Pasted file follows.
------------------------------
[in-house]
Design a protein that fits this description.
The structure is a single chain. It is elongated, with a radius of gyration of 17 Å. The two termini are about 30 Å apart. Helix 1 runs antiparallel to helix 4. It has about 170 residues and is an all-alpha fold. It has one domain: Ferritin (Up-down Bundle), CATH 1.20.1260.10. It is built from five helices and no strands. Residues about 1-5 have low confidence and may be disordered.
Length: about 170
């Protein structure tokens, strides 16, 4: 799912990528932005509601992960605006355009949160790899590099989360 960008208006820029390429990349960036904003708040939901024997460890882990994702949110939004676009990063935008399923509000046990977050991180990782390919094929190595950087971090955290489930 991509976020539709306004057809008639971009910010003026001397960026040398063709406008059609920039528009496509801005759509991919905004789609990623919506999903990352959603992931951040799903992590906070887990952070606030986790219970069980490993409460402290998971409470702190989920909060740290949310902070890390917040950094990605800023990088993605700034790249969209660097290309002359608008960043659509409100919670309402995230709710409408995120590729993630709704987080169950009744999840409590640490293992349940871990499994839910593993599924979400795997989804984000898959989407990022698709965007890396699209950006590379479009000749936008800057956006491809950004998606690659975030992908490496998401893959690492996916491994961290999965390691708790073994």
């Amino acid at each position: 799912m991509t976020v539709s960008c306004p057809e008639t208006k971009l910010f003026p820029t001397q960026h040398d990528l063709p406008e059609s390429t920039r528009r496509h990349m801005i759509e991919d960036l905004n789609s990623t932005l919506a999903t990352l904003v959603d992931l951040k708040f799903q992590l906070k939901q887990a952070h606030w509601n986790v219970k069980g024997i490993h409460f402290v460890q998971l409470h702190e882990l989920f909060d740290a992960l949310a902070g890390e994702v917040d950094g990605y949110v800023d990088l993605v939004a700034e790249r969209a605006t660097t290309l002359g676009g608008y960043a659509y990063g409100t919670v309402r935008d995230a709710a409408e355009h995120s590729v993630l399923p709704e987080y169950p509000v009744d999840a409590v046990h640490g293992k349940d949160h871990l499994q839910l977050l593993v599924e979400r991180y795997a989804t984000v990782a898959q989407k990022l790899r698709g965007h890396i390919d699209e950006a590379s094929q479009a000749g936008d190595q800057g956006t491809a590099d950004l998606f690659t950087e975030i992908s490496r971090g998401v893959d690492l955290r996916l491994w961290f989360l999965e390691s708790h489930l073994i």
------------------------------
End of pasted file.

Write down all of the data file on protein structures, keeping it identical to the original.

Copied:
[in-house]
Design a protein that fits this description.
The structure is a single chain. It is elongated, with a radius of gyration of 17 Å. The two termini are about 30 Å apart. Helix 1 runs antiparallel to helix 4. It has about 170 residues and is an all-alpha fold. It has one domain: Ferritin (Up-down Bundle), CATH 1.20.1260.10. It is built from five helices and no strands. Residues about 1-5 have low confidence and may be disordered.
Length: about 170
């Protein structure tokens, strides 16, 4: 799912990528932005509601992960605006355009949160790899590099989360 960008208006820029390429990349960036904003708040939901024997460890882990994702949110939004676009990063935008399923509000046990977050991180990782390919094929190595950087971090955290489930 991509976020539709306004057809008639971009910010003026001397960026040398063709406008059609920039528009496509801005759509991919905004789609990623919506999903990352959603992931951040799903992590906070887990952070606030986790219970069980490993409460402290998971409470702190989920909060740290949310902070890390917040950094990605800023990088993605700034790249969209660097290309002359608008960043659509409100919670309402995230709710409408995120590729993630709704987080169950009744999840409590640490293992349940871990499994839910593993599924979400795997989804984000898959989407990022698709965007890396699209950006590379479009000749936008800057956006491809950004998606690659975030992908490496998401893959690492996916491994961290999965390691708790073994």
């Amino acid at each position: 799912m991509t976020v539709s960008c306004p057809e008639t208006k971009l910010f003026p820029t001397q960026h040398d990528l063709p406008e059609s390429t920039r528009r496509h990349m801005i759509e991919d960036l905004n789609s990623t932005l919506a999903t990352l904003v959603d992931l951040k708040f799903q992590l906070k939901q887990a952070h606030w509601n986790v219970k069980g024997i490993h409460f402290v460890q998971l409470h702190e882990l989920f909060d740290a992960l949310a902070g890390e994702v917040d950094g990605y949110v800023d990088l993605v939004a700034e790249r969209a605006t660097t290309l002359g676009g608008y960043a659509y990063g409100t919670v309402r935008d995230a709710a409408e355009h995120s590729v993630l399923p709704e987080y169950p509000v009744d999840a409590v046990h640490g293992k349940d949160h871990l499994q839910l977050l593993v599924e979400r991180y795997a989804t984000v990782a898959q989407k990022l790899r698709g965007h890396i390919d699209e950006a590379s094929q479009a000749g936008d190595q800057g956006t491809a590099d950004l998606f690659t950087e975030i992908s490496r971090g998401v893959d690492l955290r996916l491994w961290f989360l999965e390691s708790h489930l073994i």